Chinese Character: Dream (夢)

(Epoch Times)
By Alex Wu
Epoch Times

(mèng), the Chinese character for “dream,” is made up of four parts and is ideographic. The two upper parts, () and ( ), together resemble the shape of an eyebrow above the eye of a person. The middle part ( ) is interpreted as either a bed or the roof of a house; and the lower part is the character , which means evening.

As a whole, the character suggests a person going to sleep in the evening, and refers to the dreaming that then occurs.

The character has two shades of meaning. One is based on its pronunciation that is similar to the character (méng), which can mean having obscured vision, or being unenlightened.

In ancient writings, there is another meaning that refers to a place where the divine and humans communicate. This particular thought reveals the ancient Chinese people’s understanding of multiple realities and the relationship between man and Gods.

In the modern Chinese language, the character is used as both a noun and a verb. It is combined with other characters to form words that refer to something either fantastic or unreal, and they can have both positive and negative meanings.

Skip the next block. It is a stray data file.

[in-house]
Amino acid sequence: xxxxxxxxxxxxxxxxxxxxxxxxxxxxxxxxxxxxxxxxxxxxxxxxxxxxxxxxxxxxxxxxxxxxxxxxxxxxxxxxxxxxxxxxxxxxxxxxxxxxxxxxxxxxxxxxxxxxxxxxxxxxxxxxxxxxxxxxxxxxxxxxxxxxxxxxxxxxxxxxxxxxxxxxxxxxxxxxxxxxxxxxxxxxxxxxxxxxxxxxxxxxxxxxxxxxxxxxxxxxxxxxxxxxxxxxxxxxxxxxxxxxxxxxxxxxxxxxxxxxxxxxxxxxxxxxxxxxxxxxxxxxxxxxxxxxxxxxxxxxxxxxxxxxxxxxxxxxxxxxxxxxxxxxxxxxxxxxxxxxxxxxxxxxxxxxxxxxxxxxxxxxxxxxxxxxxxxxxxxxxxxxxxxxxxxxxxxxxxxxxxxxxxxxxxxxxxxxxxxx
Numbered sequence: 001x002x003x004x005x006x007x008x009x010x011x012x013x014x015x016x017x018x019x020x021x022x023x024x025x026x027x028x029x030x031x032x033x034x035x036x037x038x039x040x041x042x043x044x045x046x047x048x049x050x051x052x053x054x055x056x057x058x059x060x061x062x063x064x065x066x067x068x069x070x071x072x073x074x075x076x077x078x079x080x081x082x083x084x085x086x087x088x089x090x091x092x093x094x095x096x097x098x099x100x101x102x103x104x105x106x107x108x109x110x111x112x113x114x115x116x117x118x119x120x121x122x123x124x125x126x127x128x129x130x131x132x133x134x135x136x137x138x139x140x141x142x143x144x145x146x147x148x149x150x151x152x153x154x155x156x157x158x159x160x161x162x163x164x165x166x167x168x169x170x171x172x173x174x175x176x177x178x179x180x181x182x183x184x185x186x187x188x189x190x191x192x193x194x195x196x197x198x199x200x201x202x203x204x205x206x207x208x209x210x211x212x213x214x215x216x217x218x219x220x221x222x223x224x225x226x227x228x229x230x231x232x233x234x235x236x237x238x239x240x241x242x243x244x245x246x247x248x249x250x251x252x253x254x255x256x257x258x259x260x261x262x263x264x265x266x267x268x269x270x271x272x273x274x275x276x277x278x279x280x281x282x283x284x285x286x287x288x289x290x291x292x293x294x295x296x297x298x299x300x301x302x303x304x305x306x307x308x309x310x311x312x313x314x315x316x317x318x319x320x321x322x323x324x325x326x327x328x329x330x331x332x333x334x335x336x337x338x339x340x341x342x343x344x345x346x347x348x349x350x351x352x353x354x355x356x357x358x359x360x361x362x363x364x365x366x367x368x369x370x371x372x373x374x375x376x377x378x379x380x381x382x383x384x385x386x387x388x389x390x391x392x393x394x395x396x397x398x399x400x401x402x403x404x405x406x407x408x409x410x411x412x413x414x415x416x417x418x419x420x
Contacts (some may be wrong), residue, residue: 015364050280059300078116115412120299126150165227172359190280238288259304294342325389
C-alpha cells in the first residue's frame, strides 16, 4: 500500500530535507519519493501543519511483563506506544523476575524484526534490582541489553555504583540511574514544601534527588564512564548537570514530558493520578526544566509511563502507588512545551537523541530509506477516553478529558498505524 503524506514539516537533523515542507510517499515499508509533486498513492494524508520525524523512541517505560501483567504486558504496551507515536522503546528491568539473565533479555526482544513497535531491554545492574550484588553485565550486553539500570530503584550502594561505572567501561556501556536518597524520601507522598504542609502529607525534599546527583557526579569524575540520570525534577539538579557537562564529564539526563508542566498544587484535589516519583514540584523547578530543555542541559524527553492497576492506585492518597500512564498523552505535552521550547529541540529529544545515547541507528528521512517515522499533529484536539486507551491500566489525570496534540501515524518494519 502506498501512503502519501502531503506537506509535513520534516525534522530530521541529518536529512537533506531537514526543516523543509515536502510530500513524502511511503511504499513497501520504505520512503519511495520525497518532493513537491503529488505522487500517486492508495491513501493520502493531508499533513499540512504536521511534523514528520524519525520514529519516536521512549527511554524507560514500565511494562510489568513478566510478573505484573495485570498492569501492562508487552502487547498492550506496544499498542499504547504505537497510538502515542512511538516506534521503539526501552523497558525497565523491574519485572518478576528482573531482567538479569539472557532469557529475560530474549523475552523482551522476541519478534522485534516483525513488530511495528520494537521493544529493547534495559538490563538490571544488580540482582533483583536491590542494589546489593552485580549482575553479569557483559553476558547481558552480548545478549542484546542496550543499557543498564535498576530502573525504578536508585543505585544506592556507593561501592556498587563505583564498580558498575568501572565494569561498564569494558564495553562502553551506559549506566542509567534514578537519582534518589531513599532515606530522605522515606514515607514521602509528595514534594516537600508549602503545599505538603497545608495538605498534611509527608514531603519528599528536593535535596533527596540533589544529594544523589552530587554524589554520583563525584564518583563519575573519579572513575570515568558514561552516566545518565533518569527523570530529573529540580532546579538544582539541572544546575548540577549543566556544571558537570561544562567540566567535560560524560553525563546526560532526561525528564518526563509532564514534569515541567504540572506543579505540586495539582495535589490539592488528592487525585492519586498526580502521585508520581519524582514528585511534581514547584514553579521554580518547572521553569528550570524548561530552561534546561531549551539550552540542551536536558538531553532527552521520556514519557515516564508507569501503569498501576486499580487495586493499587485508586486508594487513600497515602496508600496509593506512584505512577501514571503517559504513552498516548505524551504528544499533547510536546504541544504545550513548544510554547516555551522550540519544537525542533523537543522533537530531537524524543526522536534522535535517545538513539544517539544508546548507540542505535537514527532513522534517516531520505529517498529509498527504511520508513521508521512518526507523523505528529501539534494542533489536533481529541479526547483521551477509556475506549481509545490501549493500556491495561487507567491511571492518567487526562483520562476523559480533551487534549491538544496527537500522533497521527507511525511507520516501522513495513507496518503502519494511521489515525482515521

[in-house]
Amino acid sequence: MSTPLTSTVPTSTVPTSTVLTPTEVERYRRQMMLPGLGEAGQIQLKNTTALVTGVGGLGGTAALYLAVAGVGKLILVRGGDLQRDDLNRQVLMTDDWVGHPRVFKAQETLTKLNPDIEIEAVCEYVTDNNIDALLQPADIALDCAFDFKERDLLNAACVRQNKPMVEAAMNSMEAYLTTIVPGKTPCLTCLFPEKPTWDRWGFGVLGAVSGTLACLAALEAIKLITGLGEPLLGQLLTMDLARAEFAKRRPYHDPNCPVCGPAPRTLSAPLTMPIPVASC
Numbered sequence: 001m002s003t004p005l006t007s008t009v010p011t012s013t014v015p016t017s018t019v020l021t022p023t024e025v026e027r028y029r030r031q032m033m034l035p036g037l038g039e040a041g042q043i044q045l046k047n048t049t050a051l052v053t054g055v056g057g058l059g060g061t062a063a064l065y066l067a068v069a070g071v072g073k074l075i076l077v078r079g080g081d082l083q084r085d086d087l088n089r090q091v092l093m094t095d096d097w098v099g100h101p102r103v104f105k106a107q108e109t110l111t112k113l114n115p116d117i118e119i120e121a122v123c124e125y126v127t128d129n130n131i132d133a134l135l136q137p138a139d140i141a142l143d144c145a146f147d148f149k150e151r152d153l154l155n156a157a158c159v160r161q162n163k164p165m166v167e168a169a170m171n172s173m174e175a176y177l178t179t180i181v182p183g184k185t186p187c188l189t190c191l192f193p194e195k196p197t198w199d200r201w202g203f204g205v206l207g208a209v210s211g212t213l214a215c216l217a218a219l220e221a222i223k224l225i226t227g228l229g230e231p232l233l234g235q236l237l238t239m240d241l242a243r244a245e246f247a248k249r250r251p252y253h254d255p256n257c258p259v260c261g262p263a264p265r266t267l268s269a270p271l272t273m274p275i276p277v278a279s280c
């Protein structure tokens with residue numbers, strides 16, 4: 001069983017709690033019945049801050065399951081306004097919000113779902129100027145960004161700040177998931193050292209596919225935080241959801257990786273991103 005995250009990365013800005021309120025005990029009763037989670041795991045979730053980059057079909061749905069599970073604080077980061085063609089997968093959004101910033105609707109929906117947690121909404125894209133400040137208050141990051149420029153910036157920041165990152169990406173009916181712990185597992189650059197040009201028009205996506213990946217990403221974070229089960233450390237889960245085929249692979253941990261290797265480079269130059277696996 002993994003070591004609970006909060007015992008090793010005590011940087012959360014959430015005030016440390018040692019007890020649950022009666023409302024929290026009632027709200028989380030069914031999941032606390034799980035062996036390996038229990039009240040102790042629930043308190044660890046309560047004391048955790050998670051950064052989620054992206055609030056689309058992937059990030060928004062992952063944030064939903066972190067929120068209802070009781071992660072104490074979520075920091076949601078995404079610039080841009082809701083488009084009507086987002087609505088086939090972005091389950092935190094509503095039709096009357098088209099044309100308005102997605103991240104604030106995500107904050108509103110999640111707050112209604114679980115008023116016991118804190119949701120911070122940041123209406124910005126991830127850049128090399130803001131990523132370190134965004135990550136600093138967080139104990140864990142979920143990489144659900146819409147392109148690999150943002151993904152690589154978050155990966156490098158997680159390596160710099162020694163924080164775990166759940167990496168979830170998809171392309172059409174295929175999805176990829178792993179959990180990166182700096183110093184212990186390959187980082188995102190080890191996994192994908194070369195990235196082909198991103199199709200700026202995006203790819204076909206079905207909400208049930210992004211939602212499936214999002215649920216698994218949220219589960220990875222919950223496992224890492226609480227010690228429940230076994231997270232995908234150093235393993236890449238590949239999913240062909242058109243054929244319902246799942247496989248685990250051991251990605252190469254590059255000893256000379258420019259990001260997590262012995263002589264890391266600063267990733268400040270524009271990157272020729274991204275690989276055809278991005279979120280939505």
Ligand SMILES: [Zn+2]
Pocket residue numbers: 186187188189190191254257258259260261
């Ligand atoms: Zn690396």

One example is mèng huà (夢話), literally dream talk, which can mean a daydream or nonsense. The word mèng xiǎng (夢 想) means to dream of or vainly hope for something. It can also mean a fond dream or an earnest wish. The phrase mèng huàn pào yǐng (幻泡影) refers to an illusion, or a pipe dream.

To the Chinese, as with many other cultures around the world, dreams can have significant mystical or existential meanings.

They can be viewed as a communication channel with the supernatural, or they can provide deep insight into events past, or yet to come. However, in the Chinese culture, dreams are seldom disregarded.

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